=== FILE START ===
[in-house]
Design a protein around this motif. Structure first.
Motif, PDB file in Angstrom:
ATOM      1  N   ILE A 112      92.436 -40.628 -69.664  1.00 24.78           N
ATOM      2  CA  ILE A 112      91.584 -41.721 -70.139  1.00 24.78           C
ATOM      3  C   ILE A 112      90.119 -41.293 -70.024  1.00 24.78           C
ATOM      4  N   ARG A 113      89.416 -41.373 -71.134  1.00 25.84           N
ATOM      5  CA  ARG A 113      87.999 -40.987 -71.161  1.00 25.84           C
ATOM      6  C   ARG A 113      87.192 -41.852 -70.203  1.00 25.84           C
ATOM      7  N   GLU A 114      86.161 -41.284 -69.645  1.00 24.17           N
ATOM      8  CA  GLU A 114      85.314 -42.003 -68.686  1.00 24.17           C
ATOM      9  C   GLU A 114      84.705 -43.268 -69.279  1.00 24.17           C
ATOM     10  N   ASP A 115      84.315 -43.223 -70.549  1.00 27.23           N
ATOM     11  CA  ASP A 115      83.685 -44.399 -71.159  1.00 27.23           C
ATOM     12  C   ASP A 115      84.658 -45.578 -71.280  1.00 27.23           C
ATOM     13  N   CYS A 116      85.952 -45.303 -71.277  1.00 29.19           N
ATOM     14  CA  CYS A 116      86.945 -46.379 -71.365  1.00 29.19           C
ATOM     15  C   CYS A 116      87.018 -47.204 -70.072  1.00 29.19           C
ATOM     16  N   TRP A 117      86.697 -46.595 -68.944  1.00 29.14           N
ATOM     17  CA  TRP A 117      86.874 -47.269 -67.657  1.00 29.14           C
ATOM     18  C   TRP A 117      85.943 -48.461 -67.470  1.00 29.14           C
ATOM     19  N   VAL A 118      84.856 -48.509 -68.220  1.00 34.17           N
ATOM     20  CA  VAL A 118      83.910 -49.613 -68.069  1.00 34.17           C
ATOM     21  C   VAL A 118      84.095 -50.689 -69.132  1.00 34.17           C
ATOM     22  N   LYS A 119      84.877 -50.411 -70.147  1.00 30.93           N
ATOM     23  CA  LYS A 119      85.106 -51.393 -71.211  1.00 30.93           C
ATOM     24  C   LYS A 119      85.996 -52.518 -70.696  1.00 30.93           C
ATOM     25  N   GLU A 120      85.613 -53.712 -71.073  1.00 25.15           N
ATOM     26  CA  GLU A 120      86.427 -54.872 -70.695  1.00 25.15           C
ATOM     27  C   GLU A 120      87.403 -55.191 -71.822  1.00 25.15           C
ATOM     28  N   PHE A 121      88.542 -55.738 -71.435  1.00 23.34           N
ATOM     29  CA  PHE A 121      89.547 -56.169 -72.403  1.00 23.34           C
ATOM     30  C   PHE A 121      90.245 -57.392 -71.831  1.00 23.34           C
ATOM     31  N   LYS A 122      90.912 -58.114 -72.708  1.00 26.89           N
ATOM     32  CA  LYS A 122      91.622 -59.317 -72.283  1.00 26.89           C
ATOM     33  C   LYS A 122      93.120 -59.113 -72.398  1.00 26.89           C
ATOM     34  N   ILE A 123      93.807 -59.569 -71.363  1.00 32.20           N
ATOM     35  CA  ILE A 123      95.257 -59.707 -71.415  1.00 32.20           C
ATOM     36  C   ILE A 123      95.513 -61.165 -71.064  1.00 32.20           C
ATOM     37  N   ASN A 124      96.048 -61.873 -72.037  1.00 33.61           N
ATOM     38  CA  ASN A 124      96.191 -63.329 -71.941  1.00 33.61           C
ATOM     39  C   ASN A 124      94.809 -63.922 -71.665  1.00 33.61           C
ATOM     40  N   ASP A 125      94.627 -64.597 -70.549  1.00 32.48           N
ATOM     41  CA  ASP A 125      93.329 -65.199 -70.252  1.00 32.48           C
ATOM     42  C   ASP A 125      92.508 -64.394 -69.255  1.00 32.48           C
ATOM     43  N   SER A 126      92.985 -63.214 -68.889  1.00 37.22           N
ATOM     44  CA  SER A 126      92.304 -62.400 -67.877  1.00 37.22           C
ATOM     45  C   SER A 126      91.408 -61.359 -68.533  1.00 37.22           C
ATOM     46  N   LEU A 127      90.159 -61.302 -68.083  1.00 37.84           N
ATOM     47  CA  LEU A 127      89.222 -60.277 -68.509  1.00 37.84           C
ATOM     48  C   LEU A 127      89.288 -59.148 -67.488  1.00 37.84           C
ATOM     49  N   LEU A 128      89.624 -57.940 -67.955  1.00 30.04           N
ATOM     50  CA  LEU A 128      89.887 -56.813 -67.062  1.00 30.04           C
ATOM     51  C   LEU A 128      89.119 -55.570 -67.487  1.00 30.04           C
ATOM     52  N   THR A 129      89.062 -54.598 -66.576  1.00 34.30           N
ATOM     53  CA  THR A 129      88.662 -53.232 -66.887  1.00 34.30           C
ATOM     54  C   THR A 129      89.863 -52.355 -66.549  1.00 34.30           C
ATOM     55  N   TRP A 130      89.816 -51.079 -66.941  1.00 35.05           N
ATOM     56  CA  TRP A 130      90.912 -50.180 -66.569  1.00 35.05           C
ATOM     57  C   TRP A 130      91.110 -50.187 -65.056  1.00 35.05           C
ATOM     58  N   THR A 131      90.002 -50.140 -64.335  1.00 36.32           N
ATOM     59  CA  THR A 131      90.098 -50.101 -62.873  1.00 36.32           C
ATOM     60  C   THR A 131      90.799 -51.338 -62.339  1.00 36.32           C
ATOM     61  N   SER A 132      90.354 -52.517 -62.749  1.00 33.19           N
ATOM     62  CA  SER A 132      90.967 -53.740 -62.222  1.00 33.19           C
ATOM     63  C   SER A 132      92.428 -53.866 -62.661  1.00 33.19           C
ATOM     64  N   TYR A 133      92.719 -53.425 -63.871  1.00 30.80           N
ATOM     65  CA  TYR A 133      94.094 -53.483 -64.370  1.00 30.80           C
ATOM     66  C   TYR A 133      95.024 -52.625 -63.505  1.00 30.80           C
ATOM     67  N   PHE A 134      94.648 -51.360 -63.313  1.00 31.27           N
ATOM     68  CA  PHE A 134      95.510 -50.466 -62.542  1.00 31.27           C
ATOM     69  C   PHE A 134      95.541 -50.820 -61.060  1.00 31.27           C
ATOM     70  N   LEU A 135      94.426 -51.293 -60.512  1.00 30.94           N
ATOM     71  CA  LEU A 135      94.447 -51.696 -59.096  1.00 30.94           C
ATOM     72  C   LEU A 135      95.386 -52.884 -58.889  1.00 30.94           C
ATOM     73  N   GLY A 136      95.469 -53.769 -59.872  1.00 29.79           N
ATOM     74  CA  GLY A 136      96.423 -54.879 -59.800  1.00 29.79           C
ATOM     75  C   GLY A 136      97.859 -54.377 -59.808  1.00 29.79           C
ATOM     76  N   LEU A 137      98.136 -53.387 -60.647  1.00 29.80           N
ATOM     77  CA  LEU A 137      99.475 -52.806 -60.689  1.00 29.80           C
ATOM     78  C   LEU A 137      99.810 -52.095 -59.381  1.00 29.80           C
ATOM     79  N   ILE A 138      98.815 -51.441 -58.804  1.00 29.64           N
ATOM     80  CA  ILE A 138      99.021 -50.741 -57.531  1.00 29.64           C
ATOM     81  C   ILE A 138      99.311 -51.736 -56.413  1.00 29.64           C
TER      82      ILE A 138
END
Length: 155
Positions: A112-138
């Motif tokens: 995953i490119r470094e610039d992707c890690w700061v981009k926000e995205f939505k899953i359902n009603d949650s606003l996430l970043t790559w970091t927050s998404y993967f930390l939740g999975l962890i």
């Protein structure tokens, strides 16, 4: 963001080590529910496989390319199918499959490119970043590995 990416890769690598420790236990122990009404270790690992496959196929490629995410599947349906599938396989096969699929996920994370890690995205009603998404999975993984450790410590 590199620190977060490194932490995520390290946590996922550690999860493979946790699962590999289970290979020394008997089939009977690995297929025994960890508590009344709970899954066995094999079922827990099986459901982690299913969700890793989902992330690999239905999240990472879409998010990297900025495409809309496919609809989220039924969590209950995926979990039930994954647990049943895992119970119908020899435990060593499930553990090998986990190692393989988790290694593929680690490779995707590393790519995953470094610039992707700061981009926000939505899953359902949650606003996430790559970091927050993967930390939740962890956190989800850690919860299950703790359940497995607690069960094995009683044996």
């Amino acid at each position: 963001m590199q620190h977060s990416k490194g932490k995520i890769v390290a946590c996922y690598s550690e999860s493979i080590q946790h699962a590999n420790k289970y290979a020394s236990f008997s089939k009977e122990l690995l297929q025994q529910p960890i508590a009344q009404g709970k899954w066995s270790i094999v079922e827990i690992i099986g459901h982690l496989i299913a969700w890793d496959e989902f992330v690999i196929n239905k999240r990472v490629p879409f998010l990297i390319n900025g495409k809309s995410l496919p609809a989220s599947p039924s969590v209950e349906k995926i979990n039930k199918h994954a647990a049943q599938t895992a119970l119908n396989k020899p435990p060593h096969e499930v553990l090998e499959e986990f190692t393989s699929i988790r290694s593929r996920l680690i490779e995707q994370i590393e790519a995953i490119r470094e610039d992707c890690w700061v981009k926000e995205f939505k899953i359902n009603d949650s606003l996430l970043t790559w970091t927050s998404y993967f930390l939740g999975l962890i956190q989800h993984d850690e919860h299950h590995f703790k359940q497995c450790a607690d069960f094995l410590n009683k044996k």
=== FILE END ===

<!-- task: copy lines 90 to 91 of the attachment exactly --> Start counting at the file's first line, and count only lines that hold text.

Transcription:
């Protein structure tokens, strides 16, 4: 963001080590529910496989390319199918499959490119970043590995 990416890769690598420790236990122990009404270790690992496959196929490629995410599947349906599938396989096969699929996920994370890690995205009603998404999975993984450790410590 590199620190977060490194932490995520390290946590996922550690999860493979946790699962590999289970290979020394008997089939009977690995297929025994960890508590009344709970899954066995094999079922827990099986459901982690299913969700890793989902992330690999239905999240990472879409998010990297900025495409809309496919609809989220039924969590209950995926979990039930994954647990049943895992119970119908020899435990060593499930553990090998986990190692393989988790290694593929680690490779995707590393790519995953470094610039992707700061981009926000939505899953359902949650606003996430790559970091927050993967930390939740962890956190989800850690919860299950703790359940497995607690069960094995009683044996």
């Amino acid at each position: 963001m590199q620190h977060s990416k490194g932490k995520i890769v390290a946590c996922y690598s550690e999860s493979i080590q946790h699962a590999n420790k289970y290979a020394s236990f008997s089939k009977e122990l690995l297929q025994q529910p960890i508590a009344q009404g709970k899954w066995s270790i094999v079922e827990i690992i099986g459901h982690l496989i299913a969700w890793d496959e989902f992330v690999i196929n239905k999240r990472v490629p879409f998010l990297i390319n900025g495409k809309s995410l496919p609809a989220s599947p039924s969590v209950e349906k995926i979990n039930k199918h994954a647990a049943q599938t895992a119970l119908n396989k020899p435990p060593h096969e499930v553990l090998e499959e986990f190692t393989s699929i988790r290694s593929r996920l680690i490779e995707q994370i590393e790519a995953i490119r470094e610039d992707c890690w700061v981009k926000e995205f939505k899953i359902n009603d949650s606003l996430l970043t790559w970091t927050s998404y993967f930390l939740g999975l962890i956190q989800h993984d850690e919860h299950h590995f703790k359940q497995c450790a607690d069960f094995l410590n009683k044996k």